C Carl

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C Carl last won the day on April 10 2016

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  1. All : As I read the ad for the '29 Buick , this particular car is fresh. The ad states that the owner ran PtoP in a "similar" car. The subject Buick , in my reading , has gone through a 4 year build , after being imported to U.K. in 2012. I see no written evidence of use by this particular car. The optimistic scenario is that having run a "similar" car , the owner built a second similar car with the knowledge gained from the first one. I think further clarification is necessary. With our English proficiency, one or more of us should initiate very thorough "interrogation". Patrick , one major factor is ability to mount tires capable of making the entire run. I put 20,000 miles of EXTREMELY hard use in Mexico on a set of BF Goodrich radial All Terrain T/A tires back in 1983. A highly modified 1971 Cadillac Eldorado Convertible (front wheel drive - 6400 pounds at full cruise load) designed to run over 100 mph all day on very hot pavement : about 45 psi front , 30 - 35 psi rear. "Float" speed , 40 - 60 mph on relatively uniform unpaved roads : about 25 psi front , 22 psi rear. Beach sand : 15 psi front and rear. The most difficult 40 - 50 meters of the entire drive , was traversing a slide fill consisting of aproximately "4-man" rocks. It was essentially impossible even for the Off-Road Cadillac. We had been warned about this section. Told that high clearance trucks had a very hard time getting through , and we would not make it. But we got through in about an hour with great difficulty. Almost completely beat the transmission pan out of it. No holes , but almost ! It did hit so hard that the kick down solenoid was smashed , so I replaced the pan with the spare I carried , and threw out the solenoid. I frequently rotated the tires front to rear , and got home with 2 plies in the tread cut through. These were the original All Terrains , and I think they had at least 5 plies in the tread. I never had a flat tire. Carried 2 spares on the trunk lid. Be sure to accommodate state-of-the-art tires. I have no idea what tires may be available for the present wheels on your subject car. You must have this discussion with drivers who have run this race. My feeling is that the Delage is inappropriate for this car killing competition. I expect I will have universal agreement on the forum. If I were contemplating such a trial , I would seriously consider the '41 Ford convertible I mentioned earlier. But did you say you must have a PRE '41 car ? Find a car which will FINISH the rally for you. I notice some very expensive old cars such as Bentley and Rolls-Royce , etc. are beat up in this second cousin to a demolition derby. If you have (almost ?) unlimited money and such sentiments (or lack thereof) , it might be fun to beat and re-construct precious metal. I wouldn't subject a rare valuable car to such a beating. An axle truss strengthens a solid live drive axle by triangulating the forces applied to the axle housing. It is the housing itself which is vulnerable. You can do this with triangular tapering l-beams attached to brace the axle from beneath , and around the differential housing. Another way to do it is with rods attached to each end of the axle housing , and running to a saddle around the diff housing. Sometimes they may be adjustable with turnbuckles, or threaded Rod , putting the rods under tension. These cut the ground clearance under the axle , so for some types of off road use they are not advisable. For the sustained pounding your car will take , I would advise installing one. Ask fellow experienced competitors. You , or anyone may call me. I am on the West coast. Patrick , I think the best time for you to call would be after your dinner time , before your bed time. I would like to get a sense of your English abilities. You write quite well , but it might be very time consuming to do so. Speaking of of bed time , here I am past mine again. - Carl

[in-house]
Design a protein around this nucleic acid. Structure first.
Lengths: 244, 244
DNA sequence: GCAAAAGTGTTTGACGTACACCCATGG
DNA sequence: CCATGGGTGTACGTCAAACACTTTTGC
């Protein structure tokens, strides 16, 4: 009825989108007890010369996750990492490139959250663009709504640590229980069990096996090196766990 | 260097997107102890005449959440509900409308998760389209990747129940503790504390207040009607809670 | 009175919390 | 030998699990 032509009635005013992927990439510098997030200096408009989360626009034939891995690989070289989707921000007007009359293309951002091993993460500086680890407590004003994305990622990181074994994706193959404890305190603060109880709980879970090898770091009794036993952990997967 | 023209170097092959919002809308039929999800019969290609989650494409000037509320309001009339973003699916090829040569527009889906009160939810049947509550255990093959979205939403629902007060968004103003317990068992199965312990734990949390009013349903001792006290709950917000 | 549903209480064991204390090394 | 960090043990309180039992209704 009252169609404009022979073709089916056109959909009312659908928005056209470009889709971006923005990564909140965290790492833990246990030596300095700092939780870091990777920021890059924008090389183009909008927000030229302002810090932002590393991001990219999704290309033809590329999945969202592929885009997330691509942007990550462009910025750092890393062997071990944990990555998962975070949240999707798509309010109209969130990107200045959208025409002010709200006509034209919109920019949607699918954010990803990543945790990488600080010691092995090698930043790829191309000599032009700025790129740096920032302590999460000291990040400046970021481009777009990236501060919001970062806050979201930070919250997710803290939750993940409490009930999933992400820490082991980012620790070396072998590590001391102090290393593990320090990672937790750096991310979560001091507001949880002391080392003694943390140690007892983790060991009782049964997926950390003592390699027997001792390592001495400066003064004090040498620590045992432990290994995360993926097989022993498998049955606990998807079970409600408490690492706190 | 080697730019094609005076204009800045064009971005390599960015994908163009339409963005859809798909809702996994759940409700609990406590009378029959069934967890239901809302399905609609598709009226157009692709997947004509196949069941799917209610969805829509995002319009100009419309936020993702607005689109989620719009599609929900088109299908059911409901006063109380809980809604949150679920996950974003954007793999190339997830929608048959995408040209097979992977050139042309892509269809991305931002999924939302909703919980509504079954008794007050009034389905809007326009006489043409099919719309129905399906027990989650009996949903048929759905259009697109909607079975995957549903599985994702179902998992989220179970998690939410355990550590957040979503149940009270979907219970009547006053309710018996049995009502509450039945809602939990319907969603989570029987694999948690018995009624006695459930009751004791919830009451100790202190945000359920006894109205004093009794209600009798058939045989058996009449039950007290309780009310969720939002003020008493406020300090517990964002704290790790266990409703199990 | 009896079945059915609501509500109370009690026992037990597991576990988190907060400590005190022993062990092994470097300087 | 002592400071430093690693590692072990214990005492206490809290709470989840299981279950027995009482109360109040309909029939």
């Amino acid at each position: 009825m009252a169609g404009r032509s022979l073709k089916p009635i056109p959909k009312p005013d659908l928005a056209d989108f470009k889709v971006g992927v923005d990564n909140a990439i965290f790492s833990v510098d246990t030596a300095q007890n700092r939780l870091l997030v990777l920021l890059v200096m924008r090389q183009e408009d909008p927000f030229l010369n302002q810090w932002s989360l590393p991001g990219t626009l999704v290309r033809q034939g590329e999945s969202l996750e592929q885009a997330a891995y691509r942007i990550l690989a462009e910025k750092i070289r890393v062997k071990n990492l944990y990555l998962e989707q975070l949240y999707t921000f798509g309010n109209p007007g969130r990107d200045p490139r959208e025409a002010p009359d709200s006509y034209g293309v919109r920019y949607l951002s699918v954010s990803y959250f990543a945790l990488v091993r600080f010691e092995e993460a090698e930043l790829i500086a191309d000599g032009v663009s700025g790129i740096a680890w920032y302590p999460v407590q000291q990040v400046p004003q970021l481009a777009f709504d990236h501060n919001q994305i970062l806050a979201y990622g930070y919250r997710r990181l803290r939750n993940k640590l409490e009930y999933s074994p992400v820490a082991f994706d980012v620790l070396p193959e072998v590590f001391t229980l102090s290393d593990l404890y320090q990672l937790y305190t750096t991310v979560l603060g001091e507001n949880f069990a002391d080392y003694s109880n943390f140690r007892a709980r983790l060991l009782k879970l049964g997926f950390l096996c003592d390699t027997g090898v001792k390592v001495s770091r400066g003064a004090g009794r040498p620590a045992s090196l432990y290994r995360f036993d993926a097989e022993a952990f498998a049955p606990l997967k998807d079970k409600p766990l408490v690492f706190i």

2. And a very friendly hello to you , O.C.R. ! The more the merrier around here. The collective brainpower on this forum is absolutely astonishing ! But I know of two Melbournes. One "Down under" , the other in Florida. I have a feeling there may be more. Which one is home to you ? - Carl